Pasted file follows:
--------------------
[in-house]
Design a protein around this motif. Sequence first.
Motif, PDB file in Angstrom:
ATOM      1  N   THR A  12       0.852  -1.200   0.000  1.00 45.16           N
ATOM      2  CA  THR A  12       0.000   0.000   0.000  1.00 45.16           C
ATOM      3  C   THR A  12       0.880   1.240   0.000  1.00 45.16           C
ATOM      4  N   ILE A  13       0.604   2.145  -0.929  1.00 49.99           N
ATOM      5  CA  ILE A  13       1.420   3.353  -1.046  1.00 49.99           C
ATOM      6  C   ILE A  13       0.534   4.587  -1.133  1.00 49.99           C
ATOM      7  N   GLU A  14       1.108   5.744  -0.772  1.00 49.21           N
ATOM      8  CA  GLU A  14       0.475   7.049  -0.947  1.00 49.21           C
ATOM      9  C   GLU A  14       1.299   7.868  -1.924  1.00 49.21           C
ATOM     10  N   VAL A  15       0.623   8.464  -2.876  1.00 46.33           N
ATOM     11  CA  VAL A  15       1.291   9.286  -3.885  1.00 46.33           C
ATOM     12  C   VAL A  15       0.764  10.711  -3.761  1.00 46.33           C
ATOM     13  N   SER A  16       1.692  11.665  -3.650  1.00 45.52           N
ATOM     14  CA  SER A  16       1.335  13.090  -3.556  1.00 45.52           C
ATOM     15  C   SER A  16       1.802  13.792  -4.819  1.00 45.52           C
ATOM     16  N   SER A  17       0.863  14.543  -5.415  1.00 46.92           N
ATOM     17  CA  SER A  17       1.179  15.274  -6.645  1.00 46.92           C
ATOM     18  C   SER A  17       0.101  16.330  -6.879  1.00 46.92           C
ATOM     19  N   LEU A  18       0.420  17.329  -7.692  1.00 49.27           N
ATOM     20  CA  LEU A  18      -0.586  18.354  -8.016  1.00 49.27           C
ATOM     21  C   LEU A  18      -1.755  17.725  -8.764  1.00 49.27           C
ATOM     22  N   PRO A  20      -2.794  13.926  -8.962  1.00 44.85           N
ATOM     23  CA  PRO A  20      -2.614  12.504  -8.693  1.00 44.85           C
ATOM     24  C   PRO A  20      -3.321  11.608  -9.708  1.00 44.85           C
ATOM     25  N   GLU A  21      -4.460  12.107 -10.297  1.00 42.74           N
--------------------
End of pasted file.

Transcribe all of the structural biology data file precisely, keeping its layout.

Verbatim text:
[in-house]
Design a protein around this motif. Sequence first.
Motif, PDB file in Angstrom:
ATOM      1  N   THR A  12       0.852  -1.200   0.000  1.00 45.16           N
ATOM      2  CA  THR A  12       0.000   0.000   0.000  1.00 45.16           C
ATOM      3  C   THR A  12       0.880   1.240   0.000  1.00 45.16           C
ATOM      4  N   ILE A  13       0.604   2.145  -0.929  1.00 49.99           N
ATOM      5  CA  ILE A  13       1.420   3.353  -1.046  1.00 49.99           C
ATOM      6  C   ILE A  13       0.534   4.587  -1.133  1.00 49.99           C
ATOM      7  N   GLU A  14       1.108   5.744  -0.772  1.00 49.21           N
ATOM      8  CA  GLU A  14       0.475   7.049  -0.947  1.00 49.21           C
ATOM      9  C   GLU A  14       1.299   7.868  -1.924  1.00 49.21           C
ATOM     10  N   VAL A  15       0.623   8.464  -2.876  1.00 46.33           N
ATOM     11  CA  VAL A  15       1.291   9.286  -3.885  1.00 46.33           C
ATOM     12  C   VAL A  15       0.764  10.711  -3.761  1.00 46.33           C
ATOM     13  N   SER A  16       1.692  11.665  -3.650  1.00 45.52           N
ATOM     14  CA  SER A  16       1.335  13.090  -3.556  1.00 45.52           C
ATOM     15  C   SER A  16       1.802  13.792  -4.819  1.00 45.52           C
ATOM     16  N   SER A  17       0.863  14.543  -5.415  1.00 46.92           N
ATOM     17  CA  SER A  17       1.179  15.274  -6.645  1.00 46.92           C
ATOM     18  C   SER A  17       0.101  16.330  -6.879  1.00 46.92           C
ATOM     19  N   LEU A  18       0.420  17.329  -7.692  1.00 49.27           N
ATOM     20  CA  LEU A  18      -0.586  18.354  -8.016  1.00 49.27           C
ATOM     21  C   LEU A  18      -1.755  17.725  -8.764  1.00 49.27           C
ATOM     22  N   PRO A  20      -2.794  13.926  -8.962  1.00 44.85           N
ATOM     23  CA  PRO A  20      -2.614  12.504  -8.693  1.00 44.85           C
ATOM     24  C   PRO A  20      -3.321  11.608  -9.708  1.00 44.85           C
ATOM     25  N   GLU A  21      -4.460  12.107 -10.297  1.00 42.74           N